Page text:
A new update is released and therefore a new progress report. The story of version 23 involves a whole lot of research and a whole lot of development.
Crowdfunding is something I now realize we should have done a long time ago. There's no reason why we shouldn't be pursuing this. As the project grows, and as more contributors come on board, I want to make sure that we can guarantee a future not just for myself but for the project and as many contributors as we possibly can.
After much discussion and looking at existing open source projects, we decided to create both a Patreon and Open Collective. Our goal is so we can ensure that not only can the project continue operating, but also have the ability to grow. Personally speaking, I want to ensure that not only can I work for the users, but that I can delegate important tasks to other contributors with experience working on core code and actually be able to pay them for doing so.
It’s amazing to think that the first version of OBS was publicly released over six years ago. What started out as a small side project by Hugh “Jim” Bailey to make a free and open source program to stream StarCraft 2 has grown into a powerful force in the streaming and video production industry. Hundreds of thousands of people use OBS Studio every day not just for video gaming, but also for broadcasting everything from conferences to sports competitions to school announcements. It’s a tool that can be used freely by anyone, from large studios with big budget productions to individuals who just want to engage with a community online.
From the beginning, OBS has been a labor of love created by Jim and a group of volunteers dedicated to the ideal of free and open access to streaming and recording software. We’ve seen great growth in our developer and support volunteer community over the last several years, and it’s inspiring to see people spend their free time improving OBS and helping others use the program.
Welcome to the first OBS Studio Progress Report. My name is Jim, the normally-silent author of OBS. Version 22.0 has finally come out, and I had a really great time writing it.
This is going to be a long post because I almost never normally speak, so get ready.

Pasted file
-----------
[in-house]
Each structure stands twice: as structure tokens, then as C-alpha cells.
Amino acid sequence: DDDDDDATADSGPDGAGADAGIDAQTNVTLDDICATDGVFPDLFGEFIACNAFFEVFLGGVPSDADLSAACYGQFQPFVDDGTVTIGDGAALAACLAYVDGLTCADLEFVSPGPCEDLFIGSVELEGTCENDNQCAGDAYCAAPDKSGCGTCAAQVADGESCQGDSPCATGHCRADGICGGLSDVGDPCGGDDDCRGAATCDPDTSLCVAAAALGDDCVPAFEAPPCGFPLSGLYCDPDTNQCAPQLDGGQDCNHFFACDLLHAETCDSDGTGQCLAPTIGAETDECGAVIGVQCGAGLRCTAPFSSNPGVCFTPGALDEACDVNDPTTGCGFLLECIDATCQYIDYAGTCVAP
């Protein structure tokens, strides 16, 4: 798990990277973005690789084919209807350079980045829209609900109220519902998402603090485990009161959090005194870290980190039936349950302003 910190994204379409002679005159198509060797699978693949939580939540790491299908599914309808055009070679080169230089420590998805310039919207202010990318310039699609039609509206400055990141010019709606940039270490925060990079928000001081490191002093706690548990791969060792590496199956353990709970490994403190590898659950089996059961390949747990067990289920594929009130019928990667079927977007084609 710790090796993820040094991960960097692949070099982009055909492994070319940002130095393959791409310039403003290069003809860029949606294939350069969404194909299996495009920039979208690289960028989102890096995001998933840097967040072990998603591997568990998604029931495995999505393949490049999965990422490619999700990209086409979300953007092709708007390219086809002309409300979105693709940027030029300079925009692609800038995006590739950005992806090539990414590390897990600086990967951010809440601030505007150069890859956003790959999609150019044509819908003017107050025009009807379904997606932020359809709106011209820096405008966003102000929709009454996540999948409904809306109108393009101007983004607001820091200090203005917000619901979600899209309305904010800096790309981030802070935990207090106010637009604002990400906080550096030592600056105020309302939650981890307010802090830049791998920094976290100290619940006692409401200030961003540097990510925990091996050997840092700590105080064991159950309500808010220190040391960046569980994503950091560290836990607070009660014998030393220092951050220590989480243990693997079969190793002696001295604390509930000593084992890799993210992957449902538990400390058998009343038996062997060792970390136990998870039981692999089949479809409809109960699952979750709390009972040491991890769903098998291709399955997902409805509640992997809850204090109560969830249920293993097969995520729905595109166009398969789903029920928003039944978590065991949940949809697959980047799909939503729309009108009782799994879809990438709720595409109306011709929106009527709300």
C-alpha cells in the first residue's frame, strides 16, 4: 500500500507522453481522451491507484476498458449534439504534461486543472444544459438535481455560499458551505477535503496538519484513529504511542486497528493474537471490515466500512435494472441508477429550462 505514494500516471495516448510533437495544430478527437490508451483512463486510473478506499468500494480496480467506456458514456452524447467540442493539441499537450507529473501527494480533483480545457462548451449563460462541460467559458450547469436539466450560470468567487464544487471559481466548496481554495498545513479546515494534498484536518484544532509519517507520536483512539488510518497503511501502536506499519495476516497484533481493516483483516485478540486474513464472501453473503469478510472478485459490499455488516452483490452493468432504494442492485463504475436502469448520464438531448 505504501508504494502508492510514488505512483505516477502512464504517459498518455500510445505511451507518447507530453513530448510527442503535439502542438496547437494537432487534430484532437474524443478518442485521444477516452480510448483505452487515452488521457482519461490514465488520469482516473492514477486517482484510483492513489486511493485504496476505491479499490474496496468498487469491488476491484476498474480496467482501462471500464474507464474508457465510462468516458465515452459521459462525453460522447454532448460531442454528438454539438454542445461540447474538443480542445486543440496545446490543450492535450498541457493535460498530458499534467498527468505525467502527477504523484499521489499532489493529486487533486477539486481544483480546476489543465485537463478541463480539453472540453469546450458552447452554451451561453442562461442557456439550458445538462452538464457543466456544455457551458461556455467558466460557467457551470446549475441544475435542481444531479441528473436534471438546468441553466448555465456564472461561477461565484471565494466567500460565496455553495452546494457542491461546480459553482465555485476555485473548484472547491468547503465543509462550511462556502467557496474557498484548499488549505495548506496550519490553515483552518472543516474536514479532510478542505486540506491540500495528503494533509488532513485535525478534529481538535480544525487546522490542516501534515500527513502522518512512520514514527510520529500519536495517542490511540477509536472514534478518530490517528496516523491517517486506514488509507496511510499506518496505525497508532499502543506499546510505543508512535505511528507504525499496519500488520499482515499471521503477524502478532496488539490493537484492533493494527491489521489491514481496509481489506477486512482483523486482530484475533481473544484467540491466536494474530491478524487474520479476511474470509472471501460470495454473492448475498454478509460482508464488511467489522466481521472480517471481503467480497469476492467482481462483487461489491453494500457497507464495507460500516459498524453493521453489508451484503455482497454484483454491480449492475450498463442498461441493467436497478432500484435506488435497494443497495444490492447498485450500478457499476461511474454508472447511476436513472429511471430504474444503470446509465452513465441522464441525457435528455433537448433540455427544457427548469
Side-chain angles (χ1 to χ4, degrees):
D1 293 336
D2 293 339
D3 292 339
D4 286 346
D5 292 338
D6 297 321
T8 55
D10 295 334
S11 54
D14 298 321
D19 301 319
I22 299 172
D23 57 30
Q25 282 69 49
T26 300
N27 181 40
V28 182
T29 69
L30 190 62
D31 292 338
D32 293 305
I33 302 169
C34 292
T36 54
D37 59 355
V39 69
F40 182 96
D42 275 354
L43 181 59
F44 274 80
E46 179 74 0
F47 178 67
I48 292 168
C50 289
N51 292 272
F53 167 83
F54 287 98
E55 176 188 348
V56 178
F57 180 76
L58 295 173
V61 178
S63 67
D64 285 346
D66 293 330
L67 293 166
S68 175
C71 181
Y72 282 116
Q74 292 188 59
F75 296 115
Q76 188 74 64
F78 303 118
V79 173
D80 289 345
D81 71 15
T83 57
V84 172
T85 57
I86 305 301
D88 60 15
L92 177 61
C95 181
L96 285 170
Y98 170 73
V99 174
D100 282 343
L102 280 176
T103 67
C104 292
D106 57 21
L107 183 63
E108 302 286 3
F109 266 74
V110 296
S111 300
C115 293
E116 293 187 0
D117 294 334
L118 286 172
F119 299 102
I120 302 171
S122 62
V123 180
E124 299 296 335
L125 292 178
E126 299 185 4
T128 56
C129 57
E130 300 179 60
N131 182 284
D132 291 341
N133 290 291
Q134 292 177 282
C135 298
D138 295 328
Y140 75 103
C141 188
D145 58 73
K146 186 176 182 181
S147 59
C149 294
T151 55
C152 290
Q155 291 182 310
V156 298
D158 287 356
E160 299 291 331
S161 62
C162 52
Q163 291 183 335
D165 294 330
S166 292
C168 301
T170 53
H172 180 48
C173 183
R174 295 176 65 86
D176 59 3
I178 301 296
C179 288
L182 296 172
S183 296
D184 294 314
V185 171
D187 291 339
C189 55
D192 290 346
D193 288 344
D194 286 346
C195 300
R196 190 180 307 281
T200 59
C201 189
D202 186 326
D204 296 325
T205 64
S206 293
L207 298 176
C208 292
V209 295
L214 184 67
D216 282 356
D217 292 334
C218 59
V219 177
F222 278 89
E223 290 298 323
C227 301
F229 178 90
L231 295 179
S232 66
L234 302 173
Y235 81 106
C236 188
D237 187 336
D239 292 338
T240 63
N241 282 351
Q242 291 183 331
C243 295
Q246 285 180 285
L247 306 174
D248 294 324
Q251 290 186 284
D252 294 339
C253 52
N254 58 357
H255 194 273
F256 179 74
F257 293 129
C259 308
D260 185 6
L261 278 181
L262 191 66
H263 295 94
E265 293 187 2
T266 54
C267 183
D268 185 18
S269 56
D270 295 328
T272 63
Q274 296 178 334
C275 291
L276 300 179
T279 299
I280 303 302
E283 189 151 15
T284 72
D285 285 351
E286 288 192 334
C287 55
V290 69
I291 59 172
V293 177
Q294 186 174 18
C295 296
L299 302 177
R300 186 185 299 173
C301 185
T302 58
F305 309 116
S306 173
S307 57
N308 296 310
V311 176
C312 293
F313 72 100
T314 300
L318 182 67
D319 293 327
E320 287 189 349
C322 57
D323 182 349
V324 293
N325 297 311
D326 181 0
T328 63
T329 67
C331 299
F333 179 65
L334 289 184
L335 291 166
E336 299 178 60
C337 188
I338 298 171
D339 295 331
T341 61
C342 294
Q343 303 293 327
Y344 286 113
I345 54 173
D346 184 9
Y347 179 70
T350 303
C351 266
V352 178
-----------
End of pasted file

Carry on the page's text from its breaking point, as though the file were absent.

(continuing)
First, I want to say thank you
This month marks the sixth anniversary of the very first release of OBS back in August 2012. Back during those times I was able to answer every single post on the forum, interacted with almost every single person who came around the chat, and answered every email. Some time around 2014-2015, forum posts, emails, and chat became so active that it would take me 10 hours per day to answer everything. Eventually, I had to stop, delegate that task to others, and focus exclusively on working on the program.
This guide is written by the maintainer of the OBS Project, a relatively large open source project which receives about 30-50 pull requests per month. This is meant to be a very concise and to-the-point guide on how to contribute to this (or any) open source project based upon my experience over the years; how to maximize both your contribution efficiency, and how to maximize the efficiency of the maintainers and your fellow contributors.
Ever wanted to make suggestions to the developers for cool new features and updates that you want to see in OBS Studio? How about check if other people have had the same idea as you? Now's your chance! In addition to our newly launched Discord server, we're excited to announce a brand new community feedback portal - Fider.
Your feedback has always been heard, even if we haven't been able to respond to each individual request. Fider will allow us to be much more organized and transparent with our community. We can show the things we're working on, features that are commonly requested, and even ideas that we know you want, but are either not possible to include in OBS or have been low priority. Fider will allow a much more public way for us to respond, and let you know that your voice has been heard.
So, you want to learn more about video encoding? How to set up your stream for the best quality given your computer's hardware and connection limitations? Let's start with this video by Tom Scott.
He does a great job of giving a quick primer on how video encoding works, and you will hopefully have a better understanding of the topics and terminology that we'll be going over. All done? Great! Let's get started.
OBS Studio version 20.0 has landed! A major release is always accompanied by new features, updates, bug fixes, and more. The full patch notes can be found here. In this post, I will be going over the major feature additions, source updates, general additions, and a few bug fixes. This will hopefully be the first of many more informative posts to come!